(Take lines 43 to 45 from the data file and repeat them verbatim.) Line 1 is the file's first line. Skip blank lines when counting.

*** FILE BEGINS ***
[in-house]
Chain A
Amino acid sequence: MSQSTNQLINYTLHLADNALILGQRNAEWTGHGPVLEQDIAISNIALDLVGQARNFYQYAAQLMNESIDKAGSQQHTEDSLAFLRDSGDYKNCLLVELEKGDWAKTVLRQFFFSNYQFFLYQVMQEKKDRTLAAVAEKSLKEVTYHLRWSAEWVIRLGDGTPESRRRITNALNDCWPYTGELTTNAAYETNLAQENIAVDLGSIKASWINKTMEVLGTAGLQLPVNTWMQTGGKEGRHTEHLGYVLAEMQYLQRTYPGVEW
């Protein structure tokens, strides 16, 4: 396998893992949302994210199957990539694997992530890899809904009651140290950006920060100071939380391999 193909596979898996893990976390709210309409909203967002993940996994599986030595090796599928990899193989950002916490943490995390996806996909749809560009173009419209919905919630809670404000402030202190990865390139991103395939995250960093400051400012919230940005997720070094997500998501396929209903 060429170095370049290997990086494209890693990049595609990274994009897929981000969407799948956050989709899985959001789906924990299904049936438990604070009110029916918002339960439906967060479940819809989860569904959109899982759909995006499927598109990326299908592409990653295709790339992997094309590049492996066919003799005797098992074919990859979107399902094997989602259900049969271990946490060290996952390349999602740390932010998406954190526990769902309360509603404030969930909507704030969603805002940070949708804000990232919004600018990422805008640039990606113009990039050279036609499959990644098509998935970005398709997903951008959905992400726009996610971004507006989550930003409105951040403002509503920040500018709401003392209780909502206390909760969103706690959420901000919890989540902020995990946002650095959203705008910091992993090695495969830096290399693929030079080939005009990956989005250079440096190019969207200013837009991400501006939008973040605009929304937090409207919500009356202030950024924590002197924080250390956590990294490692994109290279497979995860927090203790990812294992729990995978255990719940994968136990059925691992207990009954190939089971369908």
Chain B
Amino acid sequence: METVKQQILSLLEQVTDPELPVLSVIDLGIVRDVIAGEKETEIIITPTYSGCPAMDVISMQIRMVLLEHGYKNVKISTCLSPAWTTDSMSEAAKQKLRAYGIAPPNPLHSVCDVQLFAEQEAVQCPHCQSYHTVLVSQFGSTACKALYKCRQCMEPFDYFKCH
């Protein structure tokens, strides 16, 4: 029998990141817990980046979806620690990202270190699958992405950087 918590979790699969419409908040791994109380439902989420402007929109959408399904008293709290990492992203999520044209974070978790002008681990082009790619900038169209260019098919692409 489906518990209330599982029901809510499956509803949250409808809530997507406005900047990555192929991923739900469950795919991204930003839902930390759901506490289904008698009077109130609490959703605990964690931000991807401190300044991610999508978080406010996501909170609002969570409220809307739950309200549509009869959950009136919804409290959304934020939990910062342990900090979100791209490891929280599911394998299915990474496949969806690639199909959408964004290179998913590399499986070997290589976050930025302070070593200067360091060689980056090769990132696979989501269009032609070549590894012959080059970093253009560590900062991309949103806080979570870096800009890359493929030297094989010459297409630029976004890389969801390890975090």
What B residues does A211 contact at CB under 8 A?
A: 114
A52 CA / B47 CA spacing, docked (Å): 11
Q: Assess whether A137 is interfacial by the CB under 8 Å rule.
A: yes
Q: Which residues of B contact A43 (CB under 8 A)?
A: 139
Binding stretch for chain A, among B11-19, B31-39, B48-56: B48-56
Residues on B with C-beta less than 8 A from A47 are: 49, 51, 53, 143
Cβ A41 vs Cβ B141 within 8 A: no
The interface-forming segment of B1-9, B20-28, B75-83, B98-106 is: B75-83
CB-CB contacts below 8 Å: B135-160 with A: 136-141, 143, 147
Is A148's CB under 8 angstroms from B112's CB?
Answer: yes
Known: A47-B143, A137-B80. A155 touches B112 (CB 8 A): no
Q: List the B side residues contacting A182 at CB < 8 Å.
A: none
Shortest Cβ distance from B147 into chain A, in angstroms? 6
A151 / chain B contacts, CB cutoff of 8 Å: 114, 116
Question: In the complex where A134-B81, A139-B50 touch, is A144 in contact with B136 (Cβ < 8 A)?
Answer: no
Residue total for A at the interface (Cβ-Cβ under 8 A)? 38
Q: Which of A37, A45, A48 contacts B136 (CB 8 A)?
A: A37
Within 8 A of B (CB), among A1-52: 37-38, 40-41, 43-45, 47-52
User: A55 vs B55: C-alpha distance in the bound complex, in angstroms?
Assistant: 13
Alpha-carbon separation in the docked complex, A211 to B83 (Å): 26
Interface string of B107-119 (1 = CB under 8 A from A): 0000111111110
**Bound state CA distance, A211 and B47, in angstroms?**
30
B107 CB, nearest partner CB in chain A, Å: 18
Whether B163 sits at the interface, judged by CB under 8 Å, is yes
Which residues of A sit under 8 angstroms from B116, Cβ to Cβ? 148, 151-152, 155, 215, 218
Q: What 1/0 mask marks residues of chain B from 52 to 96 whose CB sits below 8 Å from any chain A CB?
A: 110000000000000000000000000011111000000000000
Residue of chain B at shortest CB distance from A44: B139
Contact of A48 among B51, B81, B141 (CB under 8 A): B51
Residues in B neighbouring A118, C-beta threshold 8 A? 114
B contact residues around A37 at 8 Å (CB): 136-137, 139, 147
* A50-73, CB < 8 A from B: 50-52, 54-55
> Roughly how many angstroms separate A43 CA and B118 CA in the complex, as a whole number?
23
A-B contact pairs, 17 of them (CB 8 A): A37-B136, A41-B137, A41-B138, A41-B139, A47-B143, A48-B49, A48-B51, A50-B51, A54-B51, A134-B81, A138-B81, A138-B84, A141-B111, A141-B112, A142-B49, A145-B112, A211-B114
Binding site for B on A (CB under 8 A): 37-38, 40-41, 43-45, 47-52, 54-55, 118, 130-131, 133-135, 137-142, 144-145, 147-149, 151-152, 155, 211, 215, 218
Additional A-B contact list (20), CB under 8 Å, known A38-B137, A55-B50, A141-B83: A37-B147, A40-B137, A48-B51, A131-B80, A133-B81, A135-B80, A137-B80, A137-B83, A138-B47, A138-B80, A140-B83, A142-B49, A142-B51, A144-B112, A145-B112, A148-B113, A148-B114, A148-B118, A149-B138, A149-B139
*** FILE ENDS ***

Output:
A: 110000000000000000000000000011111000000000000
Residue of chain B at shortest CB distance from A44: B139
Contact of A48 among B51, B81, B141 (CB under 8 A): B51